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‘Embrace smart agricultural practice’

GREEN FARMERS are being encouraged to manage weeds in fields to encourage water retention and better soil quality.

THE Food and Agriculture Organisation (FAO) says the key to a successful campaign and adoption of climate-smart agricultural practice lies in the blending of scientific and indigenous knowledge systems.
Once the practice is embraced, the country could improve agricultural productivity in a changing climate, FAO representative to Zambia George Okech said during the climate smart agriculture project knowledge sharing workshop on Thursday.
Mr Okech said there is need to formulate evidence-based information that will support and make agriculture thrive in Zambia despite the adverse effects of climate change.
He said FAO will continue supporting Government’s efforts of ensuring that it meets the objectives of improving food and income security while significantly increasing adaption of farming systems that have a negative effect on climate change.
“Making agricultural production and management systems climate-smart is a knowledge-intensive process requiring a comprehensive capacity development approach of all stakeholders… and, most importantly, the communities to enable each of them play their rightful role in making agriculture in Zambia more resilient to climate shocks,” he said.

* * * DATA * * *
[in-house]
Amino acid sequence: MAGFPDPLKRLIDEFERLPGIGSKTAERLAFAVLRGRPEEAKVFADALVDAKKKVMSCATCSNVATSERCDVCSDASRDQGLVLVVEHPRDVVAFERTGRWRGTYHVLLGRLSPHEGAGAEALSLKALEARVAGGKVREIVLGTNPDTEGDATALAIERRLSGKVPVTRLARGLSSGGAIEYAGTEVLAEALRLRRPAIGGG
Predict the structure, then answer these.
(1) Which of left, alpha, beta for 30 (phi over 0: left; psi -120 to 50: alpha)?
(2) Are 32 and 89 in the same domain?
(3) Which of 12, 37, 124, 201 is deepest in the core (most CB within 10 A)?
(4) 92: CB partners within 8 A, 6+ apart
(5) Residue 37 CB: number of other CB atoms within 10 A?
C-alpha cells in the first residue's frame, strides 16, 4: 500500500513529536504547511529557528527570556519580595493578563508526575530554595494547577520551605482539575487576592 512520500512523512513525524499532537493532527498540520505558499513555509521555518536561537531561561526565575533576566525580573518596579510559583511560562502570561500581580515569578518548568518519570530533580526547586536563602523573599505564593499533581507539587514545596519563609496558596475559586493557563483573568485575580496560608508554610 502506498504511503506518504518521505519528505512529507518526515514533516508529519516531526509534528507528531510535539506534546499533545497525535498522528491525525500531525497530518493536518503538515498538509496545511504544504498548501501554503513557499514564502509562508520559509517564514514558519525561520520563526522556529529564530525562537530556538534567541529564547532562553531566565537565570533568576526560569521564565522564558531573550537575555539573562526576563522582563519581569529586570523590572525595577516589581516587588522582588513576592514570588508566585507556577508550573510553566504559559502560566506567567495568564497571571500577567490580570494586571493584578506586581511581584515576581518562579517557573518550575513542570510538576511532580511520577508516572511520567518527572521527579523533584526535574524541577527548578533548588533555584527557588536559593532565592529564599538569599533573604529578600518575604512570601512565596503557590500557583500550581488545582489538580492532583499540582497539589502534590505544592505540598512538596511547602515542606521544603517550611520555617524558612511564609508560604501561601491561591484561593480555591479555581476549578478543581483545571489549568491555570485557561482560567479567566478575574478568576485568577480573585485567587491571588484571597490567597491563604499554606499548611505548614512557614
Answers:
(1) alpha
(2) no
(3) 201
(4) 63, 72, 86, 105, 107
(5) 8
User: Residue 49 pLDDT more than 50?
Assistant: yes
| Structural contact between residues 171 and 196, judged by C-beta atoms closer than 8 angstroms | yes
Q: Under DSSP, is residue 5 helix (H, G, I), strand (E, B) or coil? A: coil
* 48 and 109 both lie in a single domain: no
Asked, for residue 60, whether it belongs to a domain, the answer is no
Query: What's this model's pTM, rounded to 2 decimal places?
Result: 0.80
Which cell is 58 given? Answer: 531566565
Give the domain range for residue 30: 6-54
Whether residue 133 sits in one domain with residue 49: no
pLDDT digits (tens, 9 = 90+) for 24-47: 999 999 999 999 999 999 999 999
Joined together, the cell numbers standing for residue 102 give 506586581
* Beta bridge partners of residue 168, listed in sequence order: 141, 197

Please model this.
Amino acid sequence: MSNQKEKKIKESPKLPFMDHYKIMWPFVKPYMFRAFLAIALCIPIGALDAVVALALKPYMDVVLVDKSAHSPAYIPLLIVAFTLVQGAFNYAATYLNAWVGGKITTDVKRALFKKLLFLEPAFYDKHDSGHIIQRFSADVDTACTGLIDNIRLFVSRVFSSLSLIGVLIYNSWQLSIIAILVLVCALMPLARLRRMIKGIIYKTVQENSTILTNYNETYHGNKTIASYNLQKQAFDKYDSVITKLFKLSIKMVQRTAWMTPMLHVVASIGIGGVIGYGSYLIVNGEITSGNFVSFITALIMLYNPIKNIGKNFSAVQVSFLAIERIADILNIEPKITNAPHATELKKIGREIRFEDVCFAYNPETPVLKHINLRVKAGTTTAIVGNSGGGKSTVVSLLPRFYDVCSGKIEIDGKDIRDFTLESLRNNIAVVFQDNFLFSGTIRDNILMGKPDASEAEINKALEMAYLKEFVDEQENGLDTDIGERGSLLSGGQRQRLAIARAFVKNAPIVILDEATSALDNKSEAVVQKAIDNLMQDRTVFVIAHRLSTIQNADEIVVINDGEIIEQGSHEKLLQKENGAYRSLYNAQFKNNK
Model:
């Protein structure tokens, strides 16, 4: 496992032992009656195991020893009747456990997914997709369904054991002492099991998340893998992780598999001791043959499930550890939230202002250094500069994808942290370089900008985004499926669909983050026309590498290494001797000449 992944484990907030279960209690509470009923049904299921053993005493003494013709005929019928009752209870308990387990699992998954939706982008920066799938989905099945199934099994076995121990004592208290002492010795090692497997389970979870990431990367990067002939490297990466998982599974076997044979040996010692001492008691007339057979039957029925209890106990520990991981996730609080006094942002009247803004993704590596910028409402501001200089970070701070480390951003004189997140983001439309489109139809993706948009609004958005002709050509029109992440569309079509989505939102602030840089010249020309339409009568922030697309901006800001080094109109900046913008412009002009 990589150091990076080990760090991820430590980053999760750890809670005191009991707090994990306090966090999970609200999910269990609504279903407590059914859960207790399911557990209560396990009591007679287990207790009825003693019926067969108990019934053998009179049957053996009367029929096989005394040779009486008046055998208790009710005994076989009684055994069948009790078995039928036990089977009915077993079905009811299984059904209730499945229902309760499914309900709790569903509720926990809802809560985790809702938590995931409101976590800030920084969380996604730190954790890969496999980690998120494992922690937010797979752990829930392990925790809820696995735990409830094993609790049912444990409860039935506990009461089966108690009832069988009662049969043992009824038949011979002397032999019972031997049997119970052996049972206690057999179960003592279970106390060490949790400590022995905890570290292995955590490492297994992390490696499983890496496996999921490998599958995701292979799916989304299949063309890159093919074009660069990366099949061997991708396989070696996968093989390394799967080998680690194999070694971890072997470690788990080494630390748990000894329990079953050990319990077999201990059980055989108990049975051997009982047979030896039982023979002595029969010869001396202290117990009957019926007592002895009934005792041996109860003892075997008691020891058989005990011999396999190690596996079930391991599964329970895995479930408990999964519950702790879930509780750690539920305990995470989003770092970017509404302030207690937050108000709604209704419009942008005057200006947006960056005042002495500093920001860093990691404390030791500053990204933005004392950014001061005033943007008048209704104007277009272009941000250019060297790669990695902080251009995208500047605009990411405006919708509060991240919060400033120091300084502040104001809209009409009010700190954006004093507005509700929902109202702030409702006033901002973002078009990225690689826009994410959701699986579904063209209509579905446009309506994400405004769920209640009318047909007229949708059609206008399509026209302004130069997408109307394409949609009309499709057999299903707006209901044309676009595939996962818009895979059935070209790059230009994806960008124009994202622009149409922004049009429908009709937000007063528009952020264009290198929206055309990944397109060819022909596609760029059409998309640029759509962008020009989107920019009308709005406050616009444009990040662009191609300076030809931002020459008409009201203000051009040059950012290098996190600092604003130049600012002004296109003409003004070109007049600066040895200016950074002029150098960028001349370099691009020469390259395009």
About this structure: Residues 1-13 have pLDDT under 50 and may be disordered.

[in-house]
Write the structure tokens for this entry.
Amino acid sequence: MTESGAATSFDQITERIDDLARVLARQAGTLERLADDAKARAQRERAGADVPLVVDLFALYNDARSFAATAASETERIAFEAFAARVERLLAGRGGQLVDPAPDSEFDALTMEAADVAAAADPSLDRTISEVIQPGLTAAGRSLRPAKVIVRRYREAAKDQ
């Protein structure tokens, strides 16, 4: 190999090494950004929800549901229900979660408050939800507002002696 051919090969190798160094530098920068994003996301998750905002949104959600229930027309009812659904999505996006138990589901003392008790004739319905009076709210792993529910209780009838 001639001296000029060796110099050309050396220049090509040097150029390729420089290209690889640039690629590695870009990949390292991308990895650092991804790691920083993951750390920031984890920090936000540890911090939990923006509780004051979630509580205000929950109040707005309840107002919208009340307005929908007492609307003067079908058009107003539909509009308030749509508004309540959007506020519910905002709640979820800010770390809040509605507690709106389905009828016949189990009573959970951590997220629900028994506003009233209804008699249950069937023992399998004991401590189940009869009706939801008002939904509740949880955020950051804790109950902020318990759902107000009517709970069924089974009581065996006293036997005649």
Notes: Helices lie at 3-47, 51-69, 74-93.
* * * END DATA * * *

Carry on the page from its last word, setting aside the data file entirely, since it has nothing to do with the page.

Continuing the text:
One of the key areas of FAO’s support to the agriculture sector in Zambia is how to improve farming productivity in a changing climate.
“FAO in Zambia is currently, supporting the Ministry of Agriculture and Livestock and its partners towards the development and implementation of policies and programmes that address, simultaneously, three inter-twined challenges,” Mr Okech said.
Earlier, Ministry of Agriculture and Livestock acting deputy director technical source branch Stanislaus Chisakuta said there is need to address climate change and variability challenges as about 80 percent of the rural populace depends on agriculture.
Mr Chisakuta said climate change is taking place among other development challenges, notably the declining soil fertility associated with inappropriate farming practices.
“Other challenges include high costs of external farming inputs, inadequate rural infrastructure, lack of high quality germ plasm, especially with traditional local crop varieties, and animal breeds, all with negative impacts on food security,” he said.

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